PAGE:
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Scouts give up in Christian scoutmaster's discrimination case

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The Scout Association has agreed to settle a discrimination claim of Mr Brian Walker, a veteran scoutmaster expelled from the Association last year for criticising its official magazine for “promoting” Islam and LGBT pride events.
 
Mr Walker, 62, supported by the Christian Legal Centre, brought a claim alleging discrimination on the grounds of his Christian beliefs.
 
In August, he accepted the Scout Association’s offer to pay damages and compensate his legal costs in an out-of-court settlement. Mr Walker intends to donate the entire sum of the award to the Christian Legal Centre, to be spent on similar cases challenging anti-Christian discrimination.
 
The agreement was reached less than a month after a court hearing in Bristol where a judge refused the Scout Association’s application to “strike out” Mr Walker’s claim as having no real prospects of success. 

Expelled for concerns about drift from Christian roots

Having dedicated 52 years of his life to the Scout Movement, Mr Walker was barred from membership for writing to the movement’s official magazine expressing his concern that the charity was moving away from its Christian roots.

In his letter, Mr Walker raised several concerns:

  • that the movement was promoting political correctness and interfaith issues (even encouraging scouts to visit a mosque); but for St George's Day advised using a non-religious venue for St George's day services and celebrations.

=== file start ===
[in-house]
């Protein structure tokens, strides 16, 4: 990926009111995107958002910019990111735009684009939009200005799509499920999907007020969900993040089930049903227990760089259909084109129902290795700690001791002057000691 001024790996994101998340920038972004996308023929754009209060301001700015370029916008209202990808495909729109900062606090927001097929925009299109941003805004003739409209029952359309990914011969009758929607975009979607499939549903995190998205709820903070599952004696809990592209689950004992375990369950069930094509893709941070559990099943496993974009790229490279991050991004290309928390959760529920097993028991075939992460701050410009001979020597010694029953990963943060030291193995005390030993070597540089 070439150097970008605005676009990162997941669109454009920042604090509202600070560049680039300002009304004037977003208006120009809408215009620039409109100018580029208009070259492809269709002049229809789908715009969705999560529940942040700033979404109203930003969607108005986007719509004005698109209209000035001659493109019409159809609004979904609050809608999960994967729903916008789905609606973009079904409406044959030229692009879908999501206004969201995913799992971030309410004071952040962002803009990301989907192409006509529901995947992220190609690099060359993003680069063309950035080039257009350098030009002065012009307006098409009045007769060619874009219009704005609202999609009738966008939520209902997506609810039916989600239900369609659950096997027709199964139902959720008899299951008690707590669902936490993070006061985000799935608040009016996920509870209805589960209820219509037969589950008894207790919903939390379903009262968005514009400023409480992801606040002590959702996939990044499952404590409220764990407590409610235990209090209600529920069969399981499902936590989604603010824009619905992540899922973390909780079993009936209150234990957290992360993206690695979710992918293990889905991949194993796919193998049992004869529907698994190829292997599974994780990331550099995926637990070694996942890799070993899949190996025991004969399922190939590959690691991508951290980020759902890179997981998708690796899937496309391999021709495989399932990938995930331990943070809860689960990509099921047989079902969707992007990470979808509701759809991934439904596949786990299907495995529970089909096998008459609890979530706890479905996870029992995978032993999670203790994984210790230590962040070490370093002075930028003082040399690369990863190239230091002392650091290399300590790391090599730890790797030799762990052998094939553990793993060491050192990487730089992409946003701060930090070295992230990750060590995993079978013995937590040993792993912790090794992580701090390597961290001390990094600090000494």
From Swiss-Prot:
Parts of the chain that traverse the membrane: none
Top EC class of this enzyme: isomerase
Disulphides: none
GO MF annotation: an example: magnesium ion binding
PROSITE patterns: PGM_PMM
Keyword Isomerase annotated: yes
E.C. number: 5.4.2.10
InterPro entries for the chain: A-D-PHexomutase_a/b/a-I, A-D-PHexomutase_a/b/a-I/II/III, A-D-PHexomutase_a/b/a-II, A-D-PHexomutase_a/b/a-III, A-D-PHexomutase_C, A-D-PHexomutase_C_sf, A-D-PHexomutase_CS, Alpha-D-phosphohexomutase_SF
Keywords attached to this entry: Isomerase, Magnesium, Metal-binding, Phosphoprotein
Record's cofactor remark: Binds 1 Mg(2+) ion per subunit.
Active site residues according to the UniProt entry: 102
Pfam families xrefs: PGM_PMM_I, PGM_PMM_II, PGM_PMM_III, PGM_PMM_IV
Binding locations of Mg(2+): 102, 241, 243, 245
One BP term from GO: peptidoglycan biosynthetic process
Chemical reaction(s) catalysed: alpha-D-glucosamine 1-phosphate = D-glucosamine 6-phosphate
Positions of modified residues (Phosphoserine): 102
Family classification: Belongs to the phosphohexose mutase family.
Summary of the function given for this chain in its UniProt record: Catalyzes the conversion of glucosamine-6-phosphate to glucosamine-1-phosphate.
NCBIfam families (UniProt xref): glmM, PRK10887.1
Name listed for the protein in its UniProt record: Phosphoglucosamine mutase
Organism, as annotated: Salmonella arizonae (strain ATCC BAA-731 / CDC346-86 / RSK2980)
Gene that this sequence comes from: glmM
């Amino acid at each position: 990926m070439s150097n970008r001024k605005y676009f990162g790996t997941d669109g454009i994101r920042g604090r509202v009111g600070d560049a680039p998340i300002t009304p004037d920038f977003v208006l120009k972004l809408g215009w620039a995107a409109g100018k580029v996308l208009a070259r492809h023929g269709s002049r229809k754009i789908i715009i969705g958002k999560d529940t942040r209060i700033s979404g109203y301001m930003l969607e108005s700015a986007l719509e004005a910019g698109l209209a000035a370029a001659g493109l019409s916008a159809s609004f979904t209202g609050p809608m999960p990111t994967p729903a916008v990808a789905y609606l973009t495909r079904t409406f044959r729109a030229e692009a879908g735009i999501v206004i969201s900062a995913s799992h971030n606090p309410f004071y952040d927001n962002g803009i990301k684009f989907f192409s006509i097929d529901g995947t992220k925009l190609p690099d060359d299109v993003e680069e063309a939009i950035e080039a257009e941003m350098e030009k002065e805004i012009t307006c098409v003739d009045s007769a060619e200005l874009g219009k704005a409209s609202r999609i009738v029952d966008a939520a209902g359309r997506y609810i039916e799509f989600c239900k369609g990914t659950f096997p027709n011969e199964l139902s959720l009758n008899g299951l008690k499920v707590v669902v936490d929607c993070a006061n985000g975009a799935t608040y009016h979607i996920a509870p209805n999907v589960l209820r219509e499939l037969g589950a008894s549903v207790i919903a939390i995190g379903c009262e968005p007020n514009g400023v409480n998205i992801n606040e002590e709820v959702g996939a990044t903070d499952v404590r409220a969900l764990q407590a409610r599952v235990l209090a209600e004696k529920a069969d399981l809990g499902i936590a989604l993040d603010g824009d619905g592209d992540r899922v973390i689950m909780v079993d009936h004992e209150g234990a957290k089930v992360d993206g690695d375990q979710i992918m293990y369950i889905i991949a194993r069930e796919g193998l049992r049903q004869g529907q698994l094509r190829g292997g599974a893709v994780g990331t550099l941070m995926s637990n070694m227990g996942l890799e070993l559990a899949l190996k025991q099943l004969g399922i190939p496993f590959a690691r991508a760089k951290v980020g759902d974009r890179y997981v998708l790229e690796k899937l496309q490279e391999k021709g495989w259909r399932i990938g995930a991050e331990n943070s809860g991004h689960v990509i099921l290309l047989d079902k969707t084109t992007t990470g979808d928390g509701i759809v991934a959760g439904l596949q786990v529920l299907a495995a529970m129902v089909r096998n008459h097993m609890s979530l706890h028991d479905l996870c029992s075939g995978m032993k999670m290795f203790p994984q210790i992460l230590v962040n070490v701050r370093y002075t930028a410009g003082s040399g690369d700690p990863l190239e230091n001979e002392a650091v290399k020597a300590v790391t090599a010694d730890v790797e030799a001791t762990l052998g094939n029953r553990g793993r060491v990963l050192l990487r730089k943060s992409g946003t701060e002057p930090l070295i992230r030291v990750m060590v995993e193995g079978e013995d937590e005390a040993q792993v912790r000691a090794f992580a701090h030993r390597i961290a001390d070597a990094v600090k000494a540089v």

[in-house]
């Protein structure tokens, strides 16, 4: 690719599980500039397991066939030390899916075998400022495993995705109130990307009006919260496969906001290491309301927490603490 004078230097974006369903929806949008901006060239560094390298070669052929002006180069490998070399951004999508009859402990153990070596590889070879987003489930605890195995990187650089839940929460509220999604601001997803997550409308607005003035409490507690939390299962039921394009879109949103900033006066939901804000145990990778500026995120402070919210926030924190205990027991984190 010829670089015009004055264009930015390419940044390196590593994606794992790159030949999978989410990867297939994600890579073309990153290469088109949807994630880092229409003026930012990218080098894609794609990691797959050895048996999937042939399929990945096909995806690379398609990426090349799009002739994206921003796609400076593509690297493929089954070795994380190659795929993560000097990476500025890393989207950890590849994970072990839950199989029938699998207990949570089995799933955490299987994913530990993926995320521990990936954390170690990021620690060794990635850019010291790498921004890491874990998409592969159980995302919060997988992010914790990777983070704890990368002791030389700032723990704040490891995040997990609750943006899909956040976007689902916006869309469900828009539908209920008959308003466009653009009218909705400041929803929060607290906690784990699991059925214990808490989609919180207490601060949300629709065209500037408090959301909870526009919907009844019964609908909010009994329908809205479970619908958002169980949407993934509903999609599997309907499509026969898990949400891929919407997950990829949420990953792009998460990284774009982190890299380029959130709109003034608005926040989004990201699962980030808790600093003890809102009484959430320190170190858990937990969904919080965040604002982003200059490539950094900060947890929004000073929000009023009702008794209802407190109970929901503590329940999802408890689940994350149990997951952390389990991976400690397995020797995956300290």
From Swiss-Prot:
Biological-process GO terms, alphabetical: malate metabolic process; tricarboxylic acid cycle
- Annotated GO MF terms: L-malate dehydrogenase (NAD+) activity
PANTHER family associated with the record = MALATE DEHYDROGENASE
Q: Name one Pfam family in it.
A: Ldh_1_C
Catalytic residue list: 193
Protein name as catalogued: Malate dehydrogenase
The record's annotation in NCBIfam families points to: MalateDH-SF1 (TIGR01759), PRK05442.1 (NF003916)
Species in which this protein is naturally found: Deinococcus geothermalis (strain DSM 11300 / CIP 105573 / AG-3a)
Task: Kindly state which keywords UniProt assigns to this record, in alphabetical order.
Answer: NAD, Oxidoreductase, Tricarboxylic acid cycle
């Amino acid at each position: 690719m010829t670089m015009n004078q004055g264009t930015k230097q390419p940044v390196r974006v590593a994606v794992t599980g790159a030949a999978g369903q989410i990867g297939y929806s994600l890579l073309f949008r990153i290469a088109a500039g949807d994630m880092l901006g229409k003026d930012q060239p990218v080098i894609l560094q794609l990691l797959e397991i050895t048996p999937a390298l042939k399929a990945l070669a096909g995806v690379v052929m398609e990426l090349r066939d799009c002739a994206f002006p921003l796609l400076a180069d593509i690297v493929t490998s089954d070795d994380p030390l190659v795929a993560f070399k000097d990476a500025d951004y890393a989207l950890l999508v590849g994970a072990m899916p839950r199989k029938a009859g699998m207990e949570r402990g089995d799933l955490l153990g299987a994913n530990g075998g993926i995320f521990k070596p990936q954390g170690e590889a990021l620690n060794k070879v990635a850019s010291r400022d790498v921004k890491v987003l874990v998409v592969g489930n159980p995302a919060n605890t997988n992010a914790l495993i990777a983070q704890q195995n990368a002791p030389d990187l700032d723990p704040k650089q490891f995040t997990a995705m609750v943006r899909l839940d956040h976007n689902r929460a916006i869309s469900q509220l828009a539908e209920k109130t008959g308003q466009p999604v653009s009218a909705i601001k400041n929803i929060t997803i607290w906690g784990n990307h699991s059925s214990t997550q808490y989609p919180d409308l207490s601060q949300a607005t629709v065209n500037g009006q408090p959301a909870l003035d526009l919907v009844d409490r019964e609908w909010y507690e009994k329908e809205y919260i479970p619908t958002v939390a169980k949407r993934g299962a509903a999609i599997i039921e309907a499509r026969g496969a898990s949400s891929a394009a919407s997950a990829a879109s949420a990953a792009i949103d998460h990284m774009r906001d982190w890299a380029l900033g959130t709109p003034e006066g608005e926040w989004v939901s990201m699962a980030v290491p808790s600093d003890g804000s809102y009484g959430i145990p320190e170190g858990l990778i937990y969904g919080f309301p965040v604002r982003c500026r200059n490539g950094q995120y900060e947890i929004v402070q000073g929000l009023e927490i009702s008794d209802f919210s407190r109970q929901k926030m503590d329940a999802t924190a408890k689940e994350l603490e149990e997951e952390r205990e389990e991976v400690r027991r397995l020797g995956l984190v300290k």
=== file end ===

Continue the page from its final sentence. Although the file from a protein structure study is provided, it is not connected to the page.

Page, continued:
• that in the Scouting faith calendar, no meaning was attached to the Christian festivals of Christmas and Easter; but that Islam was widely promoted.
  • that the magazine should be careful in promoting Islam, given the way the religion treats women and their rights.
  • that an article showed a female Muslim scout leader taking girls canoeing wearing her full Islamic veil. Concerned about safety, he wrote "“Hello! Canoeists don’t dress like that… because they need all round unobstructed vision so they protect the group, and of course they will most likely drown wearing that Darth Vader tent!".

His letter, sent to Scouting Magazine's editor on 18 March 2017, was never published, but the Scout movement’s District Commissioner for Bristol South, Scott Stowell, wrote back to Mr Walker to expel him with immediate effect.

Mr Walker, supported by the Christian Legal Centre, appealed his dismissal from the organisation. However, in a meeting of the Appeal Committee on 7 June 2017, although Mr Walker stated “I did not mean to offend anyone personally, but was making a wider point about the values of Scouting”, the panel agreed with the original decision and advised Mr Walker that his membership was cancelled.
 
Scouting “based on Christian principles”
 
Half a year later, Mr Walker brought a legal action for discrimination against him on the grounds of his Christian beliefs, and alleging that the Association had breached its own Equal Opportunities Policy. He said at the time:
 
“Scouting was started in 1908 by Sir Robert Baden-Powell, based on Christian principles, whilst welcoming those of all faiths and none. Over recent years, I have been concerned that the movement has increasingly promoted Islam above Christianity. Islam is not what has given the scouting movement its inclusive and welcoming nature.
 
“The irony is that the Chief Scout is Bear Grylls, an internationally-known Christian who is the figure-head for the Alpha Course - which specifically states that Jesus is the only way to God and that Christianity is unique! Their own Chief Scout believes this, and says this publicly, and yet, when I, as a grass roots member for 52 years, challenge the values in a letter which is not even published, I am silenced and dismissed.
 
“I am raising this case as I believe the fundamental values of Scouting are being undermined. Parents need to be made aware of what is happening at the centre of Scouting, and will eventually flow out into the local groups. We need to act now to maintain and protect the values on which the movement was based.”

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